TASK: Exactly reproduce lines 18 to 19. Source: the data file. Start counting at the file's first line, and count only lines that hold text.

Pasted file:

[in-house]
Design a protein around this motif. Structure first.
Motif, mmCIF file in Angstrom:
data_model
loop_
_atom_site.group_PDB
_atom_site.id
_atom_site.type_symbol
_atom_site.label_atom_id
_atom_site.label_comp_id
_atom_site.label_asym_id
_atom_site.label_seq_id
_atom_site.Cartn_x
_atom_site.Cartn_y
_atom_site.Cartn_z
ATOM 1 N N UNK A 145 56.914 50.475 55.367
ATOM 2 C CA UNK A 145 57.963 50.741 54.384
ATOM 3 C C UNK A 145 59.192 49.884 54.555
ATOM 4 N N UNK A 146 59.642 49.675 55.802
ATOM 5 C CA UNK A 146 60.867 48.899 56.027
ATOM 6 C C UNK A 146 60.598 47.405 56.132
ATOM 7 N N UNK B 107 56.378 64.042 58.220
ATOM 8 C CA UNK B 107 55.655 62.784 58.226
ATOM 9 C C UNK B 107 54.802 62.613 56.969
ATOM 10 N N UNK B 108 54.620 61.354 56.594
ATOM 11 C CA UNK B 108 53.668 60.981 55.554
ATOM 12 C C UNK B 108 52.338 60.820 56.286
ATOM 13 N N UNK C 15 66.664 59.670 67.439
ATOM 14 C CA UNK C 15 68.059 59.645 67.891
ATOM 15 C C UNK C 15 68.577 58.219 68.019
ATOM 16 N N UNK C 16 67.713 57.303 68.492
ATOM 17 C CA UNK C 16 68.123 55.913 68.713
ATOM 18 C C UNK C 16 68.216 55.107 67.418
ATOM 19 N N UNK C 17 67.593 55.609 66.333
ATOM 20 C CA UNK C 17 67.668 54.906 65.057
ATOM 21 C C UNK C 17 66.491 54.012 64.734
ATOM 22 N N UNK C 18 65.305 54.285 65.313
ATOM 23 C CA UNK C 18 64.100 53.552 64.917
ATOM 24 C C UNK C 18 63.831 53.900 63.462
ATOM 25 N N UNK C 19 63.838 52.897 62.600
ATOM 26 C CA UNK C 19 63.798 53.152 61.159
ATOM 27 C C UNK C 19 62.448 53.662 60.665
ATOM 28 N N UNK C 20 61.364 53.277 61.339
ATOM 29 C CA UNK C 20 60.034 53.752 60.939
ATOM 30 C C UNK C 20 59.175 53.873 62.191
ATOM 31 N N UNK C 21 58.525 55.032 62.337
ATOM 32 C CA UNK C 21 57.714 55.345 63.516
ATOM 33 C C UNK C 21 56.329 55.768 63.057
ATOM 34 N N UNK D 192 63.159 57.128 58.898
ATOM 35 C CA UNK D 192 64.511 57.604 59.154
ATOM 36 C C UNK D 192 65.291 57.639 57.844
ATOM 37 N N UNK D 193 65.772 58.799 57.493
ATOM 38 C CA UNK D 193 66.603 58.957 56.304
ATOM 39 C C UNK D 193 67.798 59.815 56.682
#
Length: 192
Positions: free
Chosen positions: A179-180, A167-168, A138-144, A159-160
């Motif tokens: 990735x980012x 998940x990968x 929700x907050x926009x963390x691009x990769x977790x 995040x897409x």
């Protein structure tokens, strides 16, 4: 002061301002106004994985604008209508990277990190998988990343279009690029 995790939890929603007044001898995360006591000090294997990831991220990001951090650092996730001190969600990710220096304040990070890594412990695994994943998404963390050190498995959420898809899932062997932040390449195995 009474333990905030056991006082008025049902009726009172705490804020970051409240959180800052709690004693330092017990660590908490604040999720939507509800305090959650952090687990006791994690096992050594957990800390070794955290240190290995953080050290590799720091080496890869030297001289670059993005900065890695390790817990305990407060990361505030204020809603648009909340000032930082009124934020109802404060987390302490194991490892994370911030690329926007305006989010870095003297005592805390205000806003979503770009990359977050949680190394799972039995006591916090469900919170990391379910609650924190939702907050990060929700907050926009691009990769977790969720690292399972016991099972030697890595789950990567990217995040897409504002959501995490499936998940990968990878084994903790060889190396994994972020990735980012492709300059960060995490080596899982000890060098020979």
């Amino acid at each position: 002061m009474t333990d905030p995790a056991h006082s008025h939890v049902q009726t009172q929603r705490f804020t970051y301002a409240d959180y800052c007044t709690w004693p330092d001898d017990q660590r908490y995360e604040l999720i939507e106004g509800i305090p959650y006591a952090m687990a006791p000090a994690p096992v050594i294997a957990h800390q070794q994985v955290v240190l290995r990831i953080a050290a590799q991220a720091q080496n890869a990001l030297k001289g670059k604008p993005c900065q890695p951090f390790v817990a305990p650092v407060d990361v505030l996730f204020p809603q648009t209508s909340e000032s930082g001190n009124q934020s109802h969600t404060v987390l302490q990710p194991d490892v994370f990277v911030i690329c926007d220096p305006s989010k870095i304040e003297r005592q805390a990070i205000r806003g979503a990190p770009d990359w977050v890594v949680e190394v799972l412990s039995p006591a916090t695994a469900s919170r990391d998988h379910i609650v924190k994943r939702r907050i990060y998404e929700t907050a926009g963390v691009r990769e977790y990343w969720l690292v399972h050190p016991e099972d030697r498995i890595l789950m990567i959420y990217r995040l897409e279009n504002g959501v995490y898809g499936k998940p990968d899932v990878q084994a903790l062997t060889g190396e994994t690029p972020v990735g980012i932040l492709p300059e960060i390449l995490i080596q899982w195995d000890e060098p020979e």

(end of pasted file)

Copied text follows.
ATOM 3 C C UNK A 145 59.192 49.884 54.555
ATOM 4 N N UNK A 146 59.642 49.675 55.802